It will help to know a little math. We don’t mean fancy math like differential calculus, the Mandelbrot set and Fermat’s Last Theorem. We mean the ability to juggle lists with an infinite number of items in your head without getting dizzy. An appreciation for very large numbers will also be beneficial. Most people have a concept of infinity that is far too small. You must disabuse them of their petty notions and expand their idea of infinity at every opportunity.

You can prime your guests in this direction by keeping a few large numbers at your disposal. For example, you should know that if you wanted to rebuild the Empire State Building so that it is completely filled with pennies, you would need about 1.8 trillion (written as 1.8 x 10^{12} in scientific notation). While that’s about three hundred times greater than the present world population, and an awful lot of pennies, it’s easy to find larger numbers. The largest number most of your guests will have met in their education is Avogadro’s number (named after the only scientist in history whose name rhymes with avocado), which is the number of atoms in twelve grams of carbon, 6.02 x 10^{23}. This formidable number is comparable to the number of grains of sand in the all the beaches and deserts of the Earth, or to the number of stars in the universe, take your pick. And you’re barely warming up.

Larger still is a googol, which is 10^{100} (“ten raised to the power 100” or ten multiplied by itself one hundred times). If you wanted to fill the observable universe with a googol of pennies, you would have enough left over to fill another thousand billion universes. Evidently, a googol is starting to get up there, size-wise, but it’s a mere drop of water in the ocean of the largest number so far used in a mathematical proof, known as Graham’s number. Graham himself wondered if we’d spent too much time thinking about small numbers and maybe all the exciting stuff happens at really big numbers. Graham’s number is almost unimaginably large. It is built in sixty-four stages as a tower of exponents and exponents of exponents. The third stage alone is a tower of 3’s (3 to the power 3 to the power 3 to the power 3 to the power 3…) seven trillion levels high. And that’s only the third stage – sixty-one more number-building stages follow. Converting a googol’s worth of atoms (more than are present in the visible universe) to pencil lead would allow you to write out only the first few digits of Graham’s number. In the interests of educating your guests about infinity, which is still larger than Graham’s number, we suggest making an announcement on a sandwich board outside your restaurant, below the daily special. By the way, you can say, have you pondered Graham’s number lately?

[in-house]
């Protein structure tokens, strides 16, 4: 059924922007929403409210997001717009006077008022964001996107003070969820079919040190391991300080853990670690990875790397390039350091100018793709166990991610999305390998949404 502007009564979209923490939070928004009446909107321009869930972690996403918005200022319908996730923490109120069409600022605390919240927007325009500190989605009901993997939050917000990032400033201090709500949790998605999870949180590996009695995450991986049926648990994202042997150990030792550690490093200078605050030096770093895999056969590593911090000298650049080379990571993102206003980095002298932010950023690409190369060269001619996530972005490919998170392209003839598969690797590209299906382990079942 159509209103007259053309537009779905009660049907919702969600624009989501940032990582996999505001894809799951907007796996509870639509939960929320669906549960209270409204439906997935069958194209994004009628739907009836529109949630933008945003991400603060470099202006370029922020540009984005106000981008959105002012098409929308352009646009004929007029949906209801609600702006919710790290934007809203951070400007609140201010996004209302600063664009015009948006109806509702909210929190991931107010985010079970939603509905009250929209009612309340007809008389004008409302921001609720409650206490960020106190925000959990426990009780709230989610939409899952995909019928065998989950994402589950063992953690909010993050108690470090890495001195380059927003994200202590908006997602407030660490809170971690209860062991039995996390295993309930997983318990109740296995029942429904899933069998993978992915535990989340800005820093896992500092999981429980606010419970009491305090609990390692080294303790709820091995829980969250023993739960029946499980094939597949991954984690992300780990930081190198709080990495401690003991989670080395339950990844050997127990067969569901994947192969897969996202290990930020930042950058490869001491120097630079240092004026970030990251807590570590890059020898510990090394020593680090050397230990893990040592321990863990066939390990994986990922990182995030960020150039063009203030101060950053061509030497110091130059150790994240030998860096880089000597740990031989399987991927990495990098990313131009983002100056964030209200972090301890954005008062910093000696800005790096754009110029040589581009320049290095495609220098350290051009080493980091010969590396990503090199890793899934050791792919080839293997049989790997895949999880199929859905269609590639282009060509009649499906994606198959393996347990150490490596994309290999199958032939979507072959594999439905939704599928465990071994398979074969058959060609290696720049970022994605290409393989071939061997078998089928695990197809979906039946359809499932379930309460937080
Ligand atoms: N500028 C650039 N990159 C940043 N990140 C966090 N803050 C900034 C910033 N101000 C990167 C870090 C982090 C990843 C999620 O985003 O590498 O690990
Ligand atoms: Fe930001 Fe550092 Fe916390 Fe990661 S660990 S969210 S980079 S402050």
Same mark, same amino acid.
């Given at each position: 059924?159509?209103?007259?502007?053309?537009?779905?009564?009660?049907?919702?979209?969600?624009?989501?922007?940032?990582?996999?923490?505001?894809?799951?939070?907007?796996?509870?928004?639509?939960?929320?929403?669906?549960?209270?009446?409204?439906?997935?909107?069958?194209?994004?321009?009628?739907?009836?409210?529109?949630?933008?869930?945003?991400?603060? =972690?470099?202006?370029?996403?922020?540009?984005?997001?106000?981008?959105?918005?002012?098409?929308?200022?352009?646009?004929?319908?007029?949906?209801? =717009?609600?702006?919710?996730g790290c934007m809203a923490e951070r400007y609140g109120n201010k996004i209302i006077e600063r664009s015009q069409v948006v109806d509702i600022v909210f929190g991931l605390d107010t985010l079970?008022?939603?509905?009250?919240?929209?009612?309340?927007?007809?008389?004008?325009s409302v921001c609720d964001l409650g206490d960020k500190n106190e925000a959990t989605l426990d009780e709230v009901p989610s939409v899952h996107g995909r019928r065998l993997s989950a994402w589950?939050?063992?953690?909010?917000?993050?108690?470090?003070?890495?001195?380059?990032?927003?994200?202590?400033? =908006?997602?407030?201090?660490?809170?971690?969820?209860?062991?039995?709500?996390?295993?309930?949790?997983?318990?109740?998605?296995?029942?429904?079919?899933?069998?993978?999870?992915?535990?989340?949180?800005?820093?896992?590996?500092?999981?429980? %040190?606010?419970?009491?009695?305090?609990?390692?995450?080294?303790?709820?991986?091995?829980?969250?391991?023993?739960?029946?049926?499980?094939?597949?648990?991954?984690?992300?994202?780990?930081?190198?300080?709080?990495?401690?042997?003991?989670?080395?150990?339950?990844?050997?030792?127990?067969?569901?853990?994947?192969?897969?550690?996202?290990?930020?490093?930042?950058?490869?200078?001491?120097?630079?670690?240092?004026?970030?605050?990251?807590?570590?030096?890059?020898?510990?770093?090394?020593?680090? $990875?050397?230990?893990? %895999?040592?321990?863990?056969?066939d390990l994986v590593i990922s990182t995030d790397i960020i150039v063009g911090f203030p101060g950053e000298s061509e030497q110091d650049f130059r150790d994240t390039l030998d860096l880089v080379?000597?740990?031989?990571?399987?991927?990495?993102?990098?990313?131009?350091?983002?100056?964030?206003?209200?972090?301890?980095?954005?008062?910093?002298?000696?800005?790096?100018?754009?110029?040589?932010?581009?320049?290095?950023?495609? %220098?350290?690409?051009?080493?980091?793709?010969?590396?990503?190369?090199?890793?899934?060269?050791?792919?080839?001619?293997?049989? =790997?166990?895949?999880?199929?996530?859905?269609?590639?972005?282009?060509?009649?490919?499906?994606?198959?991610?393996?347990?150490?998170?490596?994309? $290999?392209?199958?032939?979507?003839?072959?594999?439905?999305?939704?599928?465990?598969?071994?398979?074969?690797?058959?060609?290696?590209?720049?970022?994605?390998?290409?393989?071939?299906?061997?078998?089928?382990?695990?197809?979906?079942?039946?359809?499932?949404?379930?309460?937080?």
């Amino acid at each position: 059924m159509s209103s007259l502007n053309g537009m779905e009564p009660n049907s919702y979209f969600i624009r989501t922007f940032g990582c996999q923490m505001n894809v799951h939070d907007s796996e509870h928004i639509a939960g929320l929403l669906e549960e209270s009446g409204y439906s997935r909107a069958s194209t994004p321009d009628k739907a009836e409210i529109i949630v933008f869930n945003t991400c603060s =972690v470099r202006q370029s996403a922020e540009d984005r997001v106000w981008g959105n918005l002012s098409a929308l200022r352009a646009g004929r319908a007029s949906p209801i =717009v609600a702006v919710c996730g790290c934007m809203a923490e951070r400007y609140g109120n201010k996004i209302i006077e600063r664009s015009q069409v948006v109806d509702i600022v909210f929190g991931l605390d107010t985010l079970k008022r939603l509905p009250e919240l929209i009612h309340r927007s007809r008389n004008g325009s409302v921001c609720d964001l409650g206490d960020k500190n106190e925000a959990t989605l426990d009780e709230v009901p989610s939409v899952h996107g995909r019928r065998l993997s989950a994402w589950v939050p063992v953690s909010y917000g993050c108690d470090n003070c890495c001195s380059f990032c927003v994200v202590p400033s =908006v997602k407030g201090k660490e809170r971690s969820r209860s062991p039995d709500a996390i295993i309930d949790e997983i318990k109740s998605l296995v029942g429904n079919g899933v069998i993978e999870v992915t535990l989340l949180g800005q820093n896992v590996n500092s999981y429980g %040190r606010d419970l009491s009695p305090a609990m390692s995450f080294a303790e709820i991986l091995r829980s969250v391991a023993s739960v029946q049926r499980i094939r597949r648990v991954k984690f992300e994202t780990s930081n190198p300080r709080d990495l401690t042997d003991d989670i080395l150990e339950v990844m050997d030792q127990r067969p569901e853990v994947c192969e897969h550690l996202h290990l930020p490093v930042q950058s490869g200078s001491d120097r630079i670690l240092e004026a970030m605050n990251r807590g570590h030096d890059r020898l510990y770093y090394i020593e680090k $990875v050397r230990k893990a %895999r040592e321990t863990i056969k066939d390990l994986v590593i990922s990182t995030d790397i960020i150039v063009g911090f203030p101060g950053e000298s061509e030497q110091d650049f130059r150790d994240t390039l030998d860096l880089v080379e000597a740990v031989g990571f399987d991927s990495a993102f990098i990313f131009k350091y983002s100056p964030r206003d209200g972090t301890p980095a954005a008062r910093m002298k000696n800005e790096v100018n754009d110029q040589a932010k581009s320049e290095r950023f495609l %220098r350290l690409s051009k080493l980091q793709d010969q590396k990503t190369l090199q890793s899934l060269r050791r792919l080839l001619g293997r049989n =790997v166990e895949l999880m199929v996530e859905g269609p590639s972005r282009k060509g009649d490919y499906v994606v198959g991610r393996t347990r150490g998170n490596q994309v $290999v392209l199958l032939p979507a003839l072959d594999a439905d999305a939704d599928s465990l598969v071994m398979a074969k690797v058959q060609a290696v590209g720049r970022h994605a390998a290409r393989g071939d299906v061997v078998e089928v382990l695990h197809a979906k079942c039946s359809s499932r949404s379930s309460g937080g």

An infinite number of rooms, then, is clearly a lot. Never mind what goes on in these rooms (if your hotel is full, everything that *can* happen in a hotel room is happening), your task is to make sure your guests are happy. Due to the size of your hotel (by far the largest in the universe), you will have some particular challenges to ensure your guests want to return for another stay.

Your first task will be to hire more bell hops. However many you may have at the moment, we can assure you it won’t be enough. Consider the following scenario. A guest registers for a room and because of the enormously popular Amateur Mathematician’s convention, you assign him a room in the corridor whose room numbers are all in the billions. You dispatch a bell hop with your guest to help him find his room. Another guest shows up with two suitcases and you assign her a room in the same corridor. But due to the length of the corridor, the first bell hop isn’t due back for hours, if not days. You dispatch another bell hop with this guest and tend to the next who is now registering. Meanwhile, a guest whose room number is in the quadrillions calls the front desk and asks if it’s possible to send up an infinite number of rolls of typewriter tape, so you dispatch a bell hop to fetch some. Then a guest named Zeno calls to ask how he can ever hope to leave his room if each step he takes toward the door is half the size of his previous step. Again, you dispatch a bell hop to assist him. And just when you’re ready to take a break, a guest calls to complain about what sounds to be a *very* large number of monkeys banging away on typewriters next door. You should remind the complaining guest that this is the Hotel Infinity, after all, where everything can happen, and attempt to appease him or her by dispatching a couple of bell hops and a security guard to check out the situation. Clearly, in a hotel like this, you can never have too many bell hops. (We also suggest making a connection with a reliable banana supplier. If you really do have an infinite number of monkeys banging out the complete works of Shakespeare in one of your rooms, you can bet that when it’s time for their banana break they are going to be *very* hungry.)